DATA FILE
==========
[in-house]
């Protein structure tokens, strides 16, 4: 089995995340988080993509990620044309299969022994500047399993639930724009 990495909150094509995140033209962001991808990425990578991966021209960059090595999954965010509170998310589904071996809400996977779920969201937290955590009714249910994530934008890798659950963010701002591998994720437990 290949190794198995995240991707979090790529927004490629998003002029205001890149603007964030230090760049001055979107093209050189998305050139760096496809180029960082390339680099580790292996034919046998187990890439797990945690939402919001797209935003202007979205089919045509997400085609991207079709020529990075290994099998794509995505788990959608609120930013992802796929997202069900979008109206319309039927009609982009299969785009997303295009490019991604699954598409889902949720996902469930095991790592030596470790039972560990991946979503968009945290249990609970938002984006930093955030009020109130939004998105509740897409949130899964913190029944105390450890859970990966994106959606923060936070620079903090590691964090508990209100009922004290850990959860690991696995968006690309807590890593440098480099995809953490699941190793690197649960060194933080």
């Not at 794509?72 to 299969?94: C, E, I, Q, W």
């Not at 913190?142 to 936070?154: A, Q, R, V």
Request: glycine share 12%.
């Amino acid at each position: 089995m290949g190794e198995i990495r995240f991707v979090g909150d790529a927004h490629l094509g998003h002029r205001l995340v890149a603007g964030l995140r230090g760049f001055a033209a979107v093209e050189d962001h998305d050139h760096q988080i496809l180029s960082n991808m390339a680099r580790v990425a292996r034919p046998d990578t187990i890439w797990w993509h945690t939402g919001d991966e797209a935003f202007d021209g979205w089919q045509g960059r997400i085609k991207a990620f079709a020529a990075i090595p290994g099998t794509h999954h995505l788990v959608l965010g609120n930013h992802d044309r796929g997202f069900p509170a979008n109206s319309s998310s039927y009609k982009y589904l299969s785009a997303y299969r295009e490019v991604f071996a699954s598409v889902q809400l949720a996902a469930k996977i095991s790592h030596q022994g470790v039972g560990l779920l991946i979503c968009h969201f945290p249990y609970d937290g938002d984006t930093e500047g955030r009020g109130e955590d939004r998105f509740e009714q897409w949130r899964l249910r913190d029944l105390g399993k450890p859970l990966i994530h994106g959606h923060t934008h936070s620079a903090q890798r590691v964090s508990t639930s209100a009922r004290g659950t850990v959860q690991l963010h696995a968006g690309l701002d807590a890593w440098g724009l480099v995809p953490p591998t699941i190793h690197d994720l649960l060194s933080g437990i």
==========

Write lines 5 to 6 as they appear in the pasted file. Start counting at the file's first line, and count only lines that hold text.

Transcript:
Request: glycine share 12%.
């Amino acid at each position: 089995m290949g190794e198995i990495r995240f991707v979090g909150d790529a927004h490629l094509g998003h002029r205001l995340v890149a603007g964030l995140r230090g760049f001055a033209a979107v093209e050189d962001h998305d050139h760096q988080i496809l180029s960082n991808m390339a680099r580790v990425a292996r034919p046998d990578t187990i890439w797990w993509h945690t939402g919001d991966e797209a935003f202007d021209g979205w089919q045509g960059r997400i085609k991207a990620f079709a020529a990075i090595p290994g099998t794509h999954h995505l788990v959608l965010g609120n930013h992802d044309r796929g997202f069900p509170a979008n109206s319309s998310s039927y009609k982009y589904l299969s785009a997303y299969r295009e490019v991604f071996a699954s598409v889902q809400l949720a996902a469930k996977i095991s790592h030596q022994g470790v039972g560990l779920l991946i979503c968009h969201f945290p249990y609970d937290g938002d984006t930093e500047g955030r009020g109130e955590d939004r998105f509740e009714q897409w949130r899964l249910r913190d029944l105390g399993k450890p859970l990966i994530h994106g959606h923060t934008h936070s620079a903090q890798r590691v964090s508990t639930s209100a009922r004290g659950t850990v959860q690991l963010h696995a968006g690309l701002d807590a890593w440098g724009l480099v995809p953490p591998t699941i190793h690197d994720l649960l060194s933080g437990i």